A woman who struggled to conceive because she has two wombs has finally welcomed her baby boy.
Louise Campbell, 28, had always dreamed of becoming a mother and started trying for a baby with her husband Nick, 37, a year after they started dating.
After suffering three miscarriages, she was finally diagnosed with uterus didelphys – a rare condition that means she has two uteruses and two cervixes.
Following her diagnosis, Campbell suffered a further miscarriage, but two-and-a-half years later she finally fell pregnant.
The excited couple were over the moon to welcome their son Michael into the world in February 2018.
“To finally have Michael just feels too good to be true,” said the healthcare worker from Driffield, East Yorkshire.
“I love being a mum, I'm in my element and I finally feel like I’m ‘me’ again after all of the stress of dealing with having uterus didelphys.”
The new mum first discovered she had the rare condition after an investigative laproscopy following her first three miscarriages.
Her gynaecologist warned her the condition meant that trying for a baby came with a risk of late-term miscarriage and premature labour.
“It was a huge shock and I really struggled to come to terms with the fact that I had this condition that I’d never heard of before and that it could stop me being a mum,” Campbell says.
After another miscarriage in 2015, Campbell’s gynaecologist recommended the couple try IVF, but one month before their first IVF appointment, the couple discovered Campbell had fallen pregnant naturally.
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At an early scan the pair were overwhelmed to see their healthy baby on the screen.
Campbell said: "I experienced a bit of spotting a week before the early scan and I just thought it was all over again.
"When we went for the scan, I didn't expect there to be a heartbeat but when there was, I fell in love instantly and I just wanted to do anything to protect him.”
Campbell was monitored frequently throughout her pregnancy. She took blood thinners and had a whopping 11 scans in total.
Three weeks before her due date, the baby was found to be breach, which can be common with uterus didelphys due to lack of space in the womb.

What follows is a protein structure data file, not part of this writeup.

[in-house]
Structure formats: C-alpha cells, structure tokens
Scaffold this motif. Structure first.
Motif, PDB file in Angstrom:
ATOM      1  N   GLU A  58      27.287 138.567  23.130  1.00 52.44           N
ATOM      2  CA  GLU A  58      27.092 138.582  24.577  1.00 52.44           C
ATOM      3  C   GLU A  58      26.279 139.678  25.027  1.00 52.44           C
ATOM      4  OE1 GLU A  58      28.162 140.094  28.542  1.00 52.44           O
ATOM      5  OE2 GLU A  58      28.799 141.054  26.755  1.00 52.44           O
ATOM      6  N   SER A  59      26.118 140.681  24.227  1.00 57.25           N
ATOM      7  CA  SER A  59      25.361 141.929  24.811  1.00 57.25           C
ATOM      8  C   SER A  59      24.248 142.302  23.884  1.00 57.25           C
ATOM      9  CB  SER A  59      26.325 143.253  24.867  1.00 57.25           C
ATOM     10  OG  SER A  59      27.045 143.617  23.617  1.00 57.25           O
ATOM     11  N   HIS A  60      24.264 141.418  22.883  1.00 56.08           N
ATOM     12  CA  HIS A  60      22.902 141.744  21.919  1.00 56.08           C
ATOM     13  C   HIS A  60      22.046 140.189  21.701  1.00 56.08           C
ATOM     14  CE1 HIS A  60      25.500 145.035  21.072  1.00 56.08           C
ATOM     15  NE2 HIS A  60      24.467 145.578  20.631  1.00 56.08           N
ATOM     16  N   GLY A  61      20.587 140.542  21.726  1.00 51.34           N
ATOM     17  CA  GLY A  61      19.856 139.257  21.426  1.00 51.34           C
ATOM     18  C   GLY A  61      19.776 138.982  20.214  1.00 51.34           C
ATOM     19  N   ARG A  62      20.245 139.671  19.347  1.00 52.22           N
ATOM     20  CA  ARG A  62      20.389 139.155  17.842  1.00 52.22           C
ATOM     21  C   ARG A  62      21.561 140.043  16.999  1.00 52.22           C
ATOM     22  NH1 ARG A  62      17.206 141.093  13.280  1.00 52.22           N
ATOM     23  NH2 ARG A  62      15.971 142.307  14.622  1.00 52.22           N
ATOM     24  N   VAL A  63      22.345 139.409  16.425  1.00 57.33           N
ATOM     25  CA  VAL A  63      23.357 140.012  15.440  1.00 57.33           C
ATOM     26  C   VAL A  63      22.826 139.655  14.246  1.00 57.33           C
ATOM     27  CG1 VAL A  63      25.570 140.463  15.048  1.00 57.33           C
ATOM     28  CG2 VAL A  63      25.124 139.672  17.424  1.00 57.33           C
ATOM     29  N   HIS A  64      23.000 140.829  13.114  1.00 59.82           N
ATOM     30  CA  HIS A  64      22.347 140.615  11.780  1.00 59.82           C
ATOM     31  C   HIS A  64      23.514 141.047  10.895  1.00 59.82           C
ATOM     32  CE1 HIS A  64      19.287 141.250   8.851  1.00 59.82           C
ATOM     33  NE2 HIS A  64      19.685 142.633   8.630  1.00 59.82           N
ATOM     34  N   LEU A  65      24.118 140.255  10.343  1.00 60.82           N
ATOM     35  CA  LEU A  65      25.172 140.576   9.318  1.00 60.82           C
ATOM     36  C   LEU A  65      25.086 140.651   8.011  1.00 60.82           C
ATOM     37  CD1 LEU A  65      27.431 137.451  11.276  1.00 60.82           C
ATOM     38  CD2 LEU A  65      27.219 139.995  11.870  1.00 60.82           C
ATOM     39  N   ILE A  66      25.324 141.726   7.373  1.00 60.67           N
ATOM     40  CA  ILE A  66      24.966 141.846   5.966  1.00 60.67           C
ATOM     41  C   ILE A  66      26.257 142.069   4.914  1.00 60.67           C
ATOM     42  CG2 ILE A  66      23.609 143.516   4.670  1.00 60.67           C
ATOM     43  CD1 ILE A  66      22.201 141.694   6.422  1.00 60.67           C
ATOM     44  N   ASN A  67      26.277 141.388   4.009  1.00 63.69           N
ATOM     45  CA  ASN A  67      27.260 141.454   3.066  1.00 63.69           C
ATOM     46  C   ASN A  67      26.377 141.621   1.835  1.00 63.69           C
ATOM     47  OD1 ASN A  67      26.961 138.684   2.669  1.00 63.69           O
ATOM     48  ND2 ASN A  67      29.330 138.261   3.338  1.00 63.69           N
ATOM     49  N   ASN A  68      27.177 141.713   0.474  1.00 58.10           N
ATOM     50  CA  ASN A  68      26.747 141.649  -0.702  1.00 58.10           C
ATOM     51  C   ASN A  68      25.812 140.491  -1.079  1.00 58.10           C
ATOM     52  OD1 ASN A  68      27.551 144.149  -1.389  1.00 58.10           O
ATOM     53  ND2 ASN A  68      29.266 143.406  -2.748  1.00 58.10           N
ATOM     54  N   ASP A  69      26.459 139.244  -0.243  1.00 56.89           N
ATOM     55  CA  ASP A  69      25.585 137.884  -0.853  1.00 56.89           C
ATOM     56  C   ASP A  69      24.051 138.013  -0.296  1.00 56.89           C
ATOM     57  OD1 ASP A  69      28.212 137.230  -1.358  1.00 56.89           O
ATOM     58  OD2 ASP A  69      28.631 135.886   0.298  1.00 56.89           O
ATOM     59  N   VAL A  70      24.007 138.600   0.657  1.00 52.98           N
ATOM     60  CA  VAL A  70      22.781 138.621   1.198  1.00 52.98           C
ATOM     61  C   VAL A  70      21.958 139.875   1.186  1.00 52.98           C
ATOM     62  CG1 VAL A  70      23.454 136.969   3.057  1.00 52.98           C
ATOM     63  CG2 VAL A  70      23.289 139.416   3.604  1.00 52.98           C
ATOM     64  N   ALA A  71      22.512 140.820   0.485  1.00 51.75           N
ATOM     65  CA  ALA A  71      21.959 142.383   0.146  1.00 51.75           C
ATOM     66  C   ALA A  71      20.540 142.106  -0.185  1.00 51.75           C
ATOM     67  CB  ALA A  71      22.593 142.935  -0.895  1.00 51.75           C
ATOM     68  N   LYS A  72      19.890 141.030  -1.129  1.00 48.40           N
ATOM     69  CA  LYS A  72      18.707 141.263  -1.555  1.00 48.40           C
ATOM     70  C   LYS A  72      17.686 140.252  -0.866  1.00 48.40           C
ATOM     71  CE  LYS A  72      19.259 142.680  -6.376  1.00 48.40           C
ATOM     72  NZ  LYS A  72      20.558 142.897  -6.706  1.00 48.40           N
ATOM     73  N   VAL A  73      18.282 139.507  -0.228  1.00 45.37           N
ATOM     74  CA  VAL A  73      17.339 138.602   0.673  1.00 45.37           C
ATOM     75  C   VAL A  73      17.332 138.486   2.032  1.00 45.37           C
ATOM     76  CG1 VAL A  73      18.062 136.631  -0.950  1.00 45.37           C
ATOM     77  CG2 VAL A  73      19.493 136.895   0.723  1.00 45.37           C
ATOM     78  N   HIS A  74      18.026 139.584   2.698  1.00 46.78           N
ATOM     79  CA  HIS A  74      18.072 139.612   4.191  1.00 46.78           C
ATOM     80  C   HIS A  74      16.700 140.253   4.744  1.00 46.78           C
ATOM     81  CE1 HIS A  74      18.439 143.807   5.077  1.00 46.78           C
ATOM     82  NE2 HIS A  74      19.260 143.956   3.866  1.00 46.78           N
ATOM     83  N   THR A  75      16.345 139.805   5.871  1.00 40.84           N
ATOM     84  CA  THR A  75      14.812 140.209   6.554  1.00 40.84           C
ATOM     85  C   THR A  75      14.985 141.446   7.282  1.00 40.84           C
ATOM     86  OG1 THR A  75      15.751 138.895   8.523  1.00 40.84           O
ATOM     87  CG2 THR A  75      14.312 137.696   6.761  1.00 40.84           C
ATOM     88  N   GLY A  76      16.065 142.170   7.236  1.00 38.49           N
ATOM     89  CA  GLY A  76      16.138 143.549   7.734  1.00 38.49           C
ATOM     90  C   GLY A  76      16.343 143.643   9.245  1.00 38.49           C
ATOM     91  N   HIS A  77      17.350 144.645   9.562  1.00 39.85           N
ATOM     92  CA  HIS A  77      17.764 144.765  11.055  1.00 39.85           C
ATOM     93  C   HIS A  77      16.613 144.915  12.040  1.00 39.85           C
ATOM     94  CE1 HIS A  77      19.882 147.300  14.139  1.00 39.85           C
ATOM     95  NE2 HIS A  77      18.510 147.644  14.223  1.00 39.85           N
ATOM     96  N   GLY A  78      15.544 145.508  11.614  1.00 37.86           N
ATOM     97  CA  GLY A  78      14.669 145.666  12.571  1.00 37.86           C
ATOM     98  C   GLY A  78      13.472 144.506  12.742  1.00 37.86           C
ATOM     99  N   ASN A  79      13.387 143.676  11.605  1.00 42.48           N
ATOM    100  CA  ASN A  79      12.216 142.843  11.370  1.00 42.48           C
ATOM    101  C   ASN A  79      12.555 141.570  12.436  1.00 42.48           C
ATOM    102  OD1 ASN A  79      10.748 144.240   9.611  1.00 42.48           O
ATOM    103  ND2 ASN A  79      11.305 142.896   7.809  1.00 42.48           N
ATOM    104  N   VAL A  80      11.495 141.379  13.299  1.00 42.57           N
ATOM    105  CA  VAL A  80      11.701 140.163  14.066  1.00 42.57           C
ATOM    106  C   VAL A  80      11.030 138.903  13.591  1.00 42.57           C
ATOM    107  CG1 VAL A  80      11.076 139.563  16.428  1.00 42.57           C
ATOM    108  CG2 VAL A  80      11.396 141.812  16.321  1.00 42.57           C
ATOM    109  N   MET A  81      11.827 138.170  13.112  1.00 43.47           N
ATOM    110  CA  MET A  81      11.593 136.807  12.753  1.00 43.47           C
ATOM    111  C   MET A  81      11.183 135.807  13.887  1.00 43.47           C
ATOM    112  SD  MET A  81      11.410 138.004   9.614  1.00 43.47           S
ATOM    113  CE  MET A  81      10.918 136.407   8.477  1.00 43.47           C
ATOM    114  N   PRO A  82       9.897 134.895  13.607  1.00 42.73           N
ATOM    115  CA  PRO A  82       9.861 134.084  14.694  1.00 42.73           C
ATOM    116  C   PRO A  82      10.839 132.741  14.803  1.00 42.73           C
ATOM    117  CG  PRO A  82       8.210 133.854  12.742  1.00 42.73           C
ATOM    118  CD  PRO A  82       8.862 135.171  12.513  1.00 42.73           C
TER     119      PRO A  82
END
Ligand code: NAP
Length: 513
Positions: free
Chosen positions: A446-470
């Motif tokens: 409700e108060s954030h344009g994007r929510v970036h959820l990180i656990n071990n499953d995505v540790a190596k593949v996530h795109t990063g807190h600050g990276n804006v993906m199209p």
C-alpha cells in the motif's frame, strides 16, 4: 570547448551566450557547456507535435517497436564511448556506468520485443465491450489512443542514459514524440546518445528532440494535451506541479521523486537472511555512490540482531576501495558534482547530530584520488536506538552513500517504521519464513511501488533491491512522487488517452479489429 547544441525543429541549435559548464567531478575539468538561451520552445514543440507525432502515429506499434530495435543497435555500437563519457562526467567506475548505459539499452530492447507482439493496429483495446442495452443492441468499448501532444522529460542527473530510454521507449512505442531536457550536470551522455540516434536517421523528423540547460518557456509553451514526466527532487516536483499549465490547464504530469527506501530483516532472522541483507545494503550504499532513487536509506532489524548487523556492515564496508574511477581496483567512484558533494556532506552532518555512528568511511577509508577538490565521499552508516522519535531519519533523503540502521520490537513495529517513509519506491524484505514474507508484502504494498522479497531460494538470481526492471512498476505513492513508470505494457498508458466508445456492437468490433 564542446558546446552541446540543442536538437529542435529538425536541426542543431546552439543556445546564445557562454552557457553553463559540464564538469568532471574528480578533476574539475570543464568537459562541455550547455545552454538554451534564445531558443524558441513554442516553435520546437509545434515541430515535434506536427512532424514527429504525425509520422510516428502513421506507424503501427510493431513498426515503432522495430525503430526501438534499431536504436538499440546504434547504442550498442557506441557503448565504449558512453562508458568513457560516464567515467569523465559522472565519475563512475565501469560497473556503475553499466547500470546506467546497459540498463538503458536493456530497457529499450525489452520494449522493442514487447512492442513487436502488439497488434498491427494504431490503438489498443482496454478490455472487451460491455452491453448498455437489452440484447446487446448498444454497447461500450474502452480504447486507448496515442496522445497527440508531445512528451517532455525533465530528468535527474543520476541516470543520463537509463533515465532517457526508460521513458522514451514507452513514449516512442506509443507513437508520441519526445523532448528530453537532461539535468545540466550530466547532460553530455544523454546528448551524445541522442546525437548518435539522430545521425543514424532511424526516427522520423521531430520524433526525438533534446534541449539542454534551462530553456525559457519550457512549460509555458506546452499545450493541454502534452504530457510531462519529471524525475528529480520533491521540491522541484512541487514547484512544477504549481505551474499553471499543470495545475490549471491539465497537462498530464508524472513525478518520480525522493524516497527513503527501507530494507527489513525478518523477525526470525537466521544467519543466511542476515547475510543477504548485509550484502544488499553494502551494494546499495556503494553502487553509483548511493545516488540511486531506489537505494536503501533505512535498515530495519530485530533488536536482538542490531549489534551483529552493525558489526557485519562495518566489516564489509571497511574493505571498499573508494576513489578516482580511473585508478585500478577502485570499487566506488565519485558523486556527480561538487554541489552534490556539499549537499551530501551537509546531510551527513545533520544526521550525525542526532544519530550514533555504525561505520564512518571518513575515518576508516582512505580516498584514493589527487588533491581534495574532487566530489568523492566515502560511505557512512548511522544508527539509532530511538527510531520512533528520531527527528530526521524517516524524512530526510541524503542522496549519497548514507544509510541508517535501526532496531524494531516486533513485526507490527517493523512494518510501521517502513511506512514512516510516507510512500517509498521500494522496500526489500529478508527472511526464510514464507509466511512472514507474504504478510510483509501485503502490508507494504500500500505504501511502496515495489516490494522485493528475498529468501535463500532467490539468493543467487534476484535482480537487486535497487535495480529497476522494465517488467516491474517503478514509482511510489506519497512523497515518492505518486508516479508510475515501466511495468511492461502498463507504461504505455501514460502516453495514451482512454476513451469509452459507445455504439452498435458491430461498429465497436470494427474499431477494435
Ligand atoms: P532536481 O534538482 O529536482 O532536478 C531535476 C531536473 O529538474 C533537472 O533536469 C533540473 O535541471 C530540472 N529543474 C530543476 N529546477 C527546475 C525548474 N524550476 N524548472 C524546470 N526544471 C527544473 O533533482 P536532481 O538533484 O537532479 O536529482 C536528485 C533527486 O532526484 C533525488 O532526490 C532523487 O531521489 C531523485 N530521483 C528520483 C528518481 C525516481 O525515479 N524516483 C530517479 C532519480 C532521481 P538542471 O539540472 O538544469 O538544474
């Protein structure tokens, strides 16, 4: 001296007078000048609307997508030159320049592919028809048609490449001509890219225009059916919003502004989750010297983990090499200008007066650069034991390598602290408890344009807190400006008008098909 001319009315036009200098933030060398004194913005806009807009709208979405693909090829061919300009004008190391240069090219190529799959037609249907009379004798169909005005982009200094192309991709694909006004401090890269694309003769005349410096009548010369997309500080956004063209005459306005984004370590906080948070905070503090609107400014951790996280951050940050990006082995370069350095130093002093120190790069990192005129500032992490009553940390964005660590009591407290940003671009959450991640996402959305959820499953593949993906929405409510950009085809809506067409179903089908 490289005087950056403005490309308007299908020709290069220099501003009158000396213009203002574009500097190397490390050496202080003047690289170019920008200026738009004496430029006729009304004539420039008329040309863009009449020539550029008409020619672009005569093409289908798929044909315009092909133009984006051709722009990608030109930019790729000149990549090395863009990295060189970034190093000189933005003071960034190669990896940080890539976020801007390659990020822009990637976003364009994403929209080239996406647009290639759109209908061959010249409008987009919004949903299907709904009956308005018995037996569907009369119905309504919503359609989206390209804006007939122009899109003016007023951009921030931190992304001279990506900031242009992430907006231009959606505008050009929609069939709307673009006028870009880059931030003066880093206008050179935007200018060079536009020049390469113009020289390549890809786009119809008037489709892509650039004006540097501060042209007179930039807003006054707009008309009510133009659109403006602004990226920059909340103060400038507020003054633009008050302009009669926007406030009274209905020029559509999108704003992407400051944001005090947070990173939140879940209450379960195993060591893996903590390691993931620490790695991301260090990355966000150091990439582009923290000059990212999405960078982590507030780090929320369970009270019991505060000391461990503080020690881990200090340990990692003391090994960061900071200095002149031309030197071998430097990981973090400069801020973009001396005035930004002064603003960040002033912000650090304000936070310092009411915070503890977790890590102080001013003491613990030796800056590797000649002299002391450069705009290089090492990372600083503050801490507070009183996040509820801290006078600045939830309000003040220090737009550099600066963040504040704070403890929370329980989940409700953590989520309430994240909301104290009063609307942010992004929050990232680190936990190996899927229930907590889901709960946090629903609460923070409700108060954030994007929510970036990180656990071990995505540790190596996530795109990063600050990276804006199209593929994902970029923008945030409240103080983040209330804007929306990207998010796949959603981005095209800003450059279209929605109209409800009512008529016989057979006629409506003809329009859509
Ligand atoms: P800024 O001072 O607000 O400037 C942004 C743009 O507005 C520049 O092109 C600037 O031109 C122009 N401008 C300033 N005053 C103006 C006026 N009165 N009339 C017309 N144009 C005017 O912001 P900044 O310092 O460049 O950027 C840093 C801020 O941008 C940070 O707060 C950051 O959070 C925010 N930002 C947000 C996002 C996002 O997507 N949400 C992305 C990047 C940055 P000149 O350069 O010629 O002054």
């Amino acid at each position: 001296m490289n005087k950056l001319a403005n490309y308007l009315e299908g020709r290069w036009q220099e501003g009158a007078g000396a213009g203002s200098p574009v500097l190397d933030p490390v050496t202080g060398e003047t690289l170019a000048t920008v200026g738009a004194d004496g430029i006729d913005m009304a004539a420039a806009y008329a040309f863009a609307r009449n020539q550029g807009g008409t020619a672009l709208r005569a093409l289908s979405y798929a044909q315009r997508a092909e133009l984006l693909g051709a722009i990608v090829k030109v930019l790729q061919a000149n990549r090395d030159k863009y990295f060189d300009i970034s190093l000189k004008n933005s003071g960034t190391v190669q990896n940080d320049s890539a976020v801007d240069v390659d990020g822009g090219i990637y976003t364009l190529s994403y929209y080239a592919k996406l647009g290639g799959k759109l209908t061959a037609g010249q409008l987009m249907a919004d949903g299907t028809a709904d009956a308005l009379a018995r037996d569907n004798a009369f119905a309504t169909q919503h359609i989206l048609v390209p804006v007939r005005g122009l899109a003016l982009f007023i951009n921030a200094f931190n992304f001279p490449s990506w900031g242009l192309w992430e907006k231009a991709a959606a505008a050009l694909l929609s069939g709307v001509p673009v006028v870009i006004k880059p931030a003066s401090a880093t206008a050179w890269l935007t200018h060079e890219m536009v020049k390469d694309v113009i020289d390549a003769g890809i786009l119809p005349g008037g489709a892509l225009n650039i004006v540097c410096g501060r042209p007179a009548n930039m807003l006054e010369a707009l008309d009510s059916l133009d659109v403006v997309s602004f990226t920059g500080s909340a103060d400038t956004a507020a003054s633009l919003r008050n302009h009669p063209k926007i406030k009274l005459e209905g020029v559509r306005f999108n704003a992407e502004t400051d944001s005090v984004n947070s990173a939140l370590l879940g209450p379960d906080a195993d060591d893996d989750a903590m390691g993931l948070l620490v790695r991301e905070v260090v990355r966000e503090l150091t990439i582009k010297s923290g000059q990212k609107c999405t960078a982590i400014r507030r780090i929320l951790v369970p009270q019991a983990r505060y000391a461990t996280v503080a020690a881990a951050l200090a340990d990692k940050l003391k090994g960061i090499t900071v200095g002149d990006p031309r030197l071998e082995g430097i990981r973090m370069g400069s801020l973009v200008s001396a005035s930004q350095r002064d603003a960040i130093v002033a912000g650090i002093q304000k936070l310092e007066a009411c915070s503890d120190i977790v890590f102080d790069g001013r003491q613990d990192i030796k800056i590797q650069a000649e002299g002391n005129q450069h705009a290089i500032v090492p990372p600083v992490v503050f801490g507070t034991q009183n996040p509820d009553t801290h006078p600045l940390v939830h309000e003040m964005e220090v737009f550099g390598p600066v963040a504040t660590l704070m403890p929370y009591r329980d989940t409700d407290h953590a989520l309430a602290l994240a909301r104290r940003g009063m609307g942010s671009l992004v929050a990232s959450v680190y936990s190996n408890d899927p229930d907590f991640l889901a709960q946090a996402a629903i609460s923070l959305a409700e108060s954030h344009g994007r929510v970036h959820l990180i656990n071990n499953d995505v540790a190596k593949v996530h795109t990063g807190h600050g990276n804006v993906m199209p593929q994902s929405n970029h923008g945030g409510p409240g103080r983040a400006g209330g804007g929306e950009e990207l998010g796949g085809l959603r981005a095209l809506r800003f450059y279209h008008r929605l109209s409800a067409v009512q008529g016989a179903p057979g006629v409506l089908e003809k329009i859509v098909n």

Campbell was booked in for a c-section and her son was born on 15 February, 2018. The couple named him Michael after Nick's father.
“When they pulled Michael out, he didn't cry right away and I was terrified, I immediately thought something was wrong,” Campbell said of the birth.
“It was only for a few seconds but it felt like a lifetime before he let out this strong, loud scream and it was the most incredible sound I'd ever heard, it was such a relief.
“I just felt so emotional and happy that we finally had our little boy and our family was complete.”
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Just over two years later, Campbell is loving being a mum and is keen to raise awareness about the condition.
“I found it hard to talk about my condition before as I just felt like I was different but now I'm very open about it because I want other mums to know you still can have a baby even with this condition,” she says.
“I knew nothing about uterus didelphys before my diagnosis and I think if I had heard of someone else’s experience like mine then it would have been very helpful.”
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What is uterus didelphys?
In simple terms uterus didelphys means being born with two uteruses, two cervixes and in some cases two vaginas.
“Uterus didelphys is a rare condition which is thought to affect around one in every 3,000 women,” says Dr Simran Deo, from online doctor Zava UK.
Uterus didelphys is usually only diagnosed in adulthood, but it actually occurs in the womb, when a female foetus’s uterus and cervix are forming.
“The uterus forms in utero by the fusion of two tubes (the Mullerian ducts),” says Dr Nick Raine-Fenning, spokesperson for RCOG.
“The wall between the tubes breaks down in its lower aspect leaving one womb and one cervix whilst the upper parts stay separate and form the two Fallopian tubes.
“The process can go wrong at any time leaving two completely separate tubes and therefore two uteri and two cervixes (known as uterine didelphys or double uterus) at one extreme or one uterus separated by a muscular wall (a septate uterus).”
According to Dr Deo, uterus didelphys can often occur without presenting any obvious signs, meaning that it is often only discovered during a pelvic examination or similar.
“Women with uterus didelphys often don’t have any symptoms, which can make diagnosis tricky,” Dr Deo says.
“The condition is often only discovered during a pelvic examination, or during tests to investigate repeated miscarriages.
“Women who find that using a tampon doesn’t prevent blood flow during their period should speak to their doctor, as this may happen when menstrual blood is coming from a second vagina. It is also known to be more common in women born with only one kidney, which may lead to testing for uterus didelphys.”
Uterus didelphys does not necessarily cause period problems, but it is associated with infertility, miscarriage and preterm delivery.
So if you’re concerned that you may have the condition, it’s important to speak to your doctor to confirm your diagnosis and seek advice, particularly if you are hoping to conceive.
“While some women can conceive and have children without complication, it may be harder for a woman with uterus didelphys to become pregnant,” Dr Deo adds.
“If you are diagnosed with uterus didelphys and are planning for a baby you should discuss your options with your doctor before trying to conceive.”
The good news is that despite the increased risk, it is possible for some women with the condition, like Campbell, to carry healthy babies to term.
“Many women suffering with this condition can go on to have healthy babies, it may just take a little more planning and precaution,” Dr Deo adds.
Additional reporting by SWNS.